“Well,” Oliver said, “I took your advice and went to see Great-uncle Gilbert.”

“Who? Oh, yes,” said his father. “Your mother’s crazy old uncle.”

“That’s the one,” said Oliver. “He’s full of stories about Windblowne. He told me some interesting things about the mountain’s history. I thought you might like to hear them.”

“That would be wonderful!” Oliver’s father leaned forward and pushed his journal aside. “Perhaps I could put them in another book!” Oliver had never seen his father so excited.

“Great,” said Oliver, yawning. “But we’ll have to talk about it tomorrow. I need some sleep. It’s been a long week.”

“Yes, I imagine so,” said his father. “How was the Festival, anyway?”

“Oh … the Festival. It was fine,” Oliver replied. And with a grin, he dashed upstairs to bed. 


Windblowne would not have been possible without the love and wisdom of my wife, Miriam Angress; the eternal patience and counsel of my fellow writers John Claude Bemis, Jennifer Harrod, and Jen Wichman; the insight of my brother-in-law, Percy Angress; my terrific agents, Josh and Tracey Adams of Adams Literary; and my magnificent editor, Jim Thomas. Much is also owed to the faith and encouragement of my readers Claudia Lanese, Indigo Sargent, and Daniel de Marchi; to the editorial assistance of Chelsea Eberly; and to my parents, Merle and Donna Messer.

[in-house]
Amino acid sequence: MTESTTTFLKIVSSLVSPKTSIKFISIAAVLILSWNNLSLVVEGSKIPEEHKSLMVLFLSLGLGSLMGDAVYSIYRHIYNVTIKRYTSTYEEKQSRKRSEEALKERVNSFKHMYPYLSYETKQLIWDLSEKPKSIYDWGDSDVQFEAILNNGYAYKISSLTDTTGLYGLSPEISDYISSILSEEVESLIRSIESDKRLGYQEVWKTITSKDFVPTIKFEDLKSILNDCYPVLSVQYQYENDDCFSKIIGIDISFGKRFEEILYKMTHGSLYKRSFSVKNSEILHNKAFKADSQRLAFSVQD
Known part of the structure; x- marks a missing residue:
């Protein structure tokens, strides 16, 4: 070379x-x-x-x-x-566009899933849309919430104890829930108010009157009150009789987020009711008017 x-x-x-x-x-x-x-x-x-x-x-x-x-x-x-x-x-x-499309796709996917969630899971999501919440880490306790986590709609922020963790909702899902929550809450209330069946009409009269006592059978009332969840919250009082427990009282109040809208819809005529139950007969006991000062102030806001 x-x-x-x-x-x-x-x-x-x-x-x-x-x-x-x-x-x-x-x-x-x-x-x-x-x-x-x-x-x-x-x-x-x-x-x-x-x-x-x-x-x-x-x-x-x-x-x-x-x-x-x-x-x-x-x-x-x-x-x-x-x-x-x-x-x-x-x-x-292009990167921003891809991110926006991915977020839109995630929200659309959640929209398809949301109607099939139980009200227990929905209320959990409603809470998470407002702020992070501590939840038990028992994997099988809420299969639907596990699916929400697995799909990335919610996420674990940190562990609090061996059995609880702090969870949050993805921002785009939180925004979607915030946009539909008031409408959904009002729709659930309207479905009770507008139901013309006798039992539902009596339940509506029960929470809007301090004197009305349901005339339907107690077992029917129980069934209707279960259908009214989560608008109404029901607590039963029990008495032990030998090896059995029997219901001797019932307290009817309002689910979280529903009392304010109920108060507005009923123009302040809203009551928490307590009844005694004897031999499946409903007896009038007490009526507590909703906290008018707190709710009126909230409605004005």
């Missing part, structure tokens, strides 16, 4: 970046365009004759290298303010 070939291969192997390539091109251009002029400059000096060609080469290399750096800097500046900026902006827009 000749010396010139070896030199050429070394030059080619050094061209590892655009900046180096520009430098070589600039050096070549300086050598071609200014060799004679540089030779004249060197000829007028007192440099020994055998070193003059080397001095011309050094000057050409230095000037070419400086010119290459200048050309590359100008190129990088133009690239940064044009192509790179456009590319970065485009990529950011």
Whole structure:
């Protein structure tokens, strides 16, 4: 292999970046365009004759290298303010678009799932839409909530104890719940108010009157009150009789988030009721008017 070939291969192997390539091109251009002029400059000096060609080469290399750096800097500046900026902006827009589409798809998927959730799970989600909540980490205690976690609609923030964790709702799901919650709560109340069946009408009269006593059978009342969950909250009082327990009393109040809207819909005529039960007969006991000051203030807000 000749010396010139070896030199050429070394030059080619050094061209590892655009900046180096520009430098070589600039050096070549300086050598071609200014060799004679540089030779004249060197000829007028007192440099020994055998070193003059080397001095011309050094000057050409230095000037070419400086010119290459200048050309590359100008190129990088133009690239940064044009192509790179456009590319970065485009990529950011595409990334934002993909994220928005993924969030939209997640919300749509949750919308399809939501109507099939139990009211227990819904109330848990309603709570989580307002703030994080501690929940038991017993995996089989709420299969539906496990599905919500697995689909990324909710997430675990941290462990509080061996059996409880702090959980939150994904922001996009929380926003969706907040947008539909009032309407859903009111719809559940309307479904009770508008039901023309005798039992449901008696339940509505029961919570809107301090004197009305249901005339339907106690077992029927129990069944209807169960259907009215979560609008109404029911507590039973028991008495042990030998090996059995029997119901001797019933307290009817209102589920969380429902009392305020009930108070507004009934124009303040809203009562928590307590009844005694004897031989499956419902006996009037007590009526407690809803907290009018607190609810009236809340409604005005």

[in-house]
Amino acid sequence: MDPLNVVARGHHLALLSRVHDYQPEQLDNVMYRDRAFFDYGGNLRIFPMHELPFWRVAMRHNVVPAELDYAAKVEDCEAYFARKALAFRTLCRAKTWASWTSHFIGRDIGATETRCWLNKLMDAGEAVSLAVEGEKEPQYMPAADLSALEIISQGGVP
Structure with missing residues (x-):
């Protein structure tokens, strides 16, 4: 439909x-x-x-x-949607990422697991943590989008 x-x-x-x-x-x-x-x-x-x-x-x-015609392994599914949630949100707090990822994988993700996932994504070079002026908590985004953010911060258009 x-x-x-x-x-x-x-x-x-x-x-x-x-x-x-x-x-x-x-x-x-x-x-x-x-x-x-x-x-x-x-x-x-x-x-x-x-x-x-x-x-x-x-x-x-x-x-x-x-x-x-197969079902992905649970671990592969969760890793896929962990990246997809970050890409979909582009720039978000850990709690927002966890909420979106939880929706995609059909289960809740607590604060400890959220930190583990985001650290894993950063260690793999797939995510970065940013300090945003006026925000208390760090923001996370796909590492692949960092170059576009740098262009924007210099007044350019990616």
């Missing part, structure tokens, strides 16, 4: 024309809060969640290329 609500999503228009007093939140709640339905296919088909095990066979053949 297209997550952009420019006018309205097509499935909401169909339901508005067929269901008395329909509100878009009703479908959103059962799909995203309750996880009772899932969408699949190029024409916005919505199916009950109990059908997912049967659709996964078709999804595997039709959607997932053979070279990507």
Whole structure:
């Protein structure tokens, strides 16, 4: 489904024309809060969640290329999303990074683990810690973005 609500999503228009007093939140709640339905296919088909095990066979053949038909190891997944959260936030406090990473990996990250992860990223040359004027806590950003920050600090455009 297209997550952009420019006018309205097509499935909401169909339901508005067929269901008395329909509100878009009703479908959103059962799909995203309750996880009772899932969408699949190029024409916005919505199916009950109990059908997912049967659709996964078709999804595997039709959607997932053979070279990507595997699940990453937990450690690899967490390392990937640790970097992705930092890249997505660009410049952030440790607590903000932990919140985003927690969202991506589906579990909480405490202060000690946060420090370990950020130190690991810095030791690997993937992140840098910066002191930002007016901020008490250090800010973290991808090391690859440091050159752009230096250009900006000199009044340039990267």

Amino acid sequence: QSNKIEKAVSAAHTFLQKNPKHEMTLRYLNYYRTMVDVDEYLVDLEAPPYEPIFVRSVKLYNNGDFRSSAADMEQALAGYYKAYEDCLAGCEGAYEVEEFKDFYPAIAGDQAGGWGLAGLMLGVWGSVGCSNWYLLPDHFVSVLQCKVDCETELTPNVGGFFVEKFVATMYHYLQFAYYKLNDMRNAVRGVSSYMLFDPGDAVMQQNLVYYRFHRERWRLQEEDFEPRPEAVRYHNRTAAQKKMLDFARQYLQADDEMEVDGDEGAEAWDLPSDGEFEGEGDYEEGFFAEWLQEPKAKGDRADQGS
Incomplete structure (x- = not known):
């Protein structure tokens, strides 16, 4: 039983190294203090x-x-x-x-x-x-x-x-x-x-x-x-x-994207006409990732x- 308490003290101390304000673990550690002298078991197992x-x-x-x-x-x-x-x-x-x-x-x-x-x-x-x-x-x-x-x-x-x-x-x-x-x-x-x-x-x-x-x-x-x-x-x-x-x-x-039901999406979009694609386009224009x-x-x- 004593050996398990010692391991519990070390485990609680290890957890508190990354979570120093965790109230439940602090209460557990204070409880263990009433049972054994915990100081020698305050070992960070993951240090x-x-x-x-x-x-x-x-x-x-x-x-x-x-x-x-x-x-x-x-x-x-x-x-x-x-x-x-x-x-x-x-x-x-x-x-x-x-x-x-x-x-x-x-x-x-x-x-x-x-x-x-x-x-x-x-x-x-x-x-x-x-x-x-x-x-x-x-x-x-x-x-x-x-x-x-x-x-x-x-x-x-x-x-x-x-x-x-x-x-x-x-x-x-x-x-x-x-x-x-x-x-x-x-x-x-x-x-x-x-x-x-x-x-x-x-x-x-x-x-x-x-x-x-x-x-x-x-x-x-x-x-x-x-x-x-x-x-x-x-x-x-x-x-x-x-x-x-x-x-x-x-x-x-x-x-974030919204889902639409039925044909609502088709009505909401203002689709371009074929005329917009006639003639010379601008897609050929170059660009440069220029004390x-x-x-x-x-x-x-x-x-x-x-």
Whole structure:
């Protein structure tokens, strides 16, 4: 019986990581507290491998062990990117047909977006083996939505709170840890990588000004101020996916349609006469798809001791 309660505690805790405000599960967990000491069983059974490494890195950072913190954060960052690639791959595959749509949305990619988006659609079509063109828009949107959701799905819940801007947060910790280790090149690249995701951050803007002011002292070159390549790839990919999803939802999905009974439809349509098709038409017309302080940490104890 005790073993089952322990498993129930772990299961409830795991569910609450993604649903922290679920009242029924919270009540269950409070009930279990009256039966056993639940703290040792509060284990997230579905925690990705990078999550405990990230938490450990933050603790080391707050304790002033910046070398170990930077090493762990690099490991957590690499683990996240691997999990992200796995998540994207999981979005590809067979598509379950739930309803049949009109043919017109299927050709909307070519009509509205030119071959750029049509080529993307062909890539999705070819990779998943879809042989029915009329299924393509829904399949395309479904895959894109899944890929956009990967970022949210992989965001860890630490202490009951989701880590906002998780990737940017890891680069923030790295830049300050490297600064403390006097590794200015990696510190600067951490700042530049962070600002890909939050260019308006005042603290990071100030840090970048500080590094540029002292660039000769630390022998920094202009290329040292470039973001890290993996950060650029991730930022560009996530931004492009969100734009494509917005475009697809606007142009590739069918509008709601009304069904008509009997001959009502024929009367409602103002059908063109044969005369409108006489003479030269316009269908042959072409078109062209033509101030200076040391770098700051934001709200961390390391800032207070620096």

about the author

Blown into this world as a baby, Stephen Messer spent his childhood flying kites on windswept hilltops in Maine and Arizona. He has lived in deserts and in megacities, on alpine mountains and in lowland swamps. Nowadays he lives with his wife in an old house surrounded by oak trees in Durham, North Carolina. Sometimes, on windblown nights, it seems as if the house has been transported to another world.

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